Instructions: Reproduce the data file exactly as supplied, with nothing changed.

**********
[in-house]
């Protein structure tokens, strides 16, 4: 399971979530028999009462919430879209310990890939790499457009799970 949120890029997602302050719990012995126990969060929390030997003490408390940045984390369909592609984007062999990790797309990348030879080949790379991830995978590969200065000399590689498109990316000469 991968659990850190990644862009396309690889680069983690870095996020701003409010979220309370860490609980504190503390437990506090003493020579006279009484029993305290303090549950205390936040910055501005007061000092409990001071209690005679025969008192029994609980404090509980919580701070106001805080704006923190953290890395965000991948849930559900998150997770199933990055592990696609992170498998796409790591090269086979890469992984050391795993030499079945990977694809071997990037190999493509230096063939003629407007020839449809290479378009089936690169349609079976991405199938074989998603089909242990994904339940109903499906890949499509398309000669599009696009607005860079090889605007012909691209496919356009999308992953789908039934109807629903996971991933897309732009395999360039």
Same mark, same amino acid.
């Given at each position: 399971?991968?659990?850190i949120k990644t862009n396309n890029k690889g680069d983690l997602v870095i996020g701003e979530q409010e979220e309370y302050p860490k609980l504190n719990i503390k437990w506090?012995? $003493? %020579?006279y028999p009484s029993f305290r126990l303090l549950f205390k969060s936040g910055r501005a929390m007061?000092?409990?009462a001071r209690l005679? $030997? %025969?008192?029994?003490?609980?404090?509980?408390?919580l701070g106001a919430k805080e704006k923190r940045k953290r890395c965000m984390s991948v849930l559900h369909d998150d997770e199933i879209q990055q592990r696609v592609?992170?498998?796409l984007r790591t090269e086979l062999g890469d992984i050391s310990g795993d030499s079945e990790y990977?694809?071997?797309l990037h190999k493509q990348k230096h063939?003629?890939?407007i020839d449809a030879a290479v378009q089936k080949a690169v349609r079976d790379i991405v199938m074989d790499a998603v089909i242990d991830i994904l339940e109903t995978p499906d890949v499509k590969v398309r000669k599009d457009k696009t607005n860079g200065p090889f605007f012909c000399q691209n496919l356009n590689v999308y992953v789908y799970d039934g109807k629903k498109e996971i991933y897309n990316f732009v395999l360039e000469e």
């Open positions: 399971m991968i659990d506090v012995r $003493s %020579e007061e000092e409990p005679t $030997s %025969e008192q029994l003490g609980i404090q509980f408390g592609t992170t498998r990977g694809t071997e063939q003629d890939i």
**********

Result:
[in-house]
């Protein structure tokens, strides 16, 4: 399971979530028999009462919430879209310990890939790499457009799970 949120890029997602302050719990012995126990969060929390030997003490408390940045984390369909592609984007062999990790797309990348030879080949790379991830995978590969200065000399590689498109990316000469 991968659990850190990644862009396309690889680069983690870095996020701003409010979220309370860490609980504190503390437990506090003493020579006279009484029993305290303090549950205390936040910055501005007061000092409990001071209690005679025969008192029994609980404090509980919580701070106001805080704006923190953290890395965000991948849930559900998150997770199933990055592990696609992170498998796409790591090269086979890469992984050391795993030499079945990977694809071997990037190999493509230096063939003629407007020839449809290479378009089936690169349609079976991405199938074989998603089909242990994904339940109903499906890949499509398309000669599009696009607005860079090889605007012909691209496919356009999308992953789908039934109807629903996971991933897309732009395999360039």
Same mark, same amino acid.
């Given at each position: 399971?991968?659990?850190i949120k990644t862009n396309n890029k690889g680069d983690l997602v870095i996020g701003e979530q409010e979220e309370y302050p860490k609980l504190n719990i503390k437990w506090?012995? $003493? %020579?006279y028999p009484s029993f305290r126990l303090l549950f205390k969060s936040g910055r501005a929390m007061?000092?409990?009462a001071r209690l005679? $030997? %025969?008192?029994?003490?609980?404090?509980?408390?919580l701070g106001a919430k805080e704006k923190r940045k953290r890395c965000m984390s991948v849930l559900h369909d998150d997770e199933i879209q990055q592990r696609v592609?992170?498998?796409l984007r790591t090269e086979l062999g890469d992984i050391s310990g795993d030499s079945e990790y990977?694809?071997?797309l990037h190999k493509q990348k230096h063939?003629?890939?407007i020839d449809a030879a290479v378009q089936k080949a690169v349609r079976d790379i991405v199938m074989d790499a998603v089909i242990d991830i994904l339940e109903t995978p499906d890949v499509k590969v398309r000669k599009d457009k696009t607005n860079g200065p090889f605007f012909c000399q691209n496919l356009n590689v999308y992953v789908y799970d039934g109807k629903k498109e996971i991933y897309n990316f732009v395999l360039e000469e």
């Open positions: 399971m991968i659990d506090v012995r $003493s %020579e007061e000092e409990p005679t $030997s %025969e008192q029994l003490g609980i404090q509980f408390g592609t992170t498998r990977g694809t071997e063939q003629d890939i």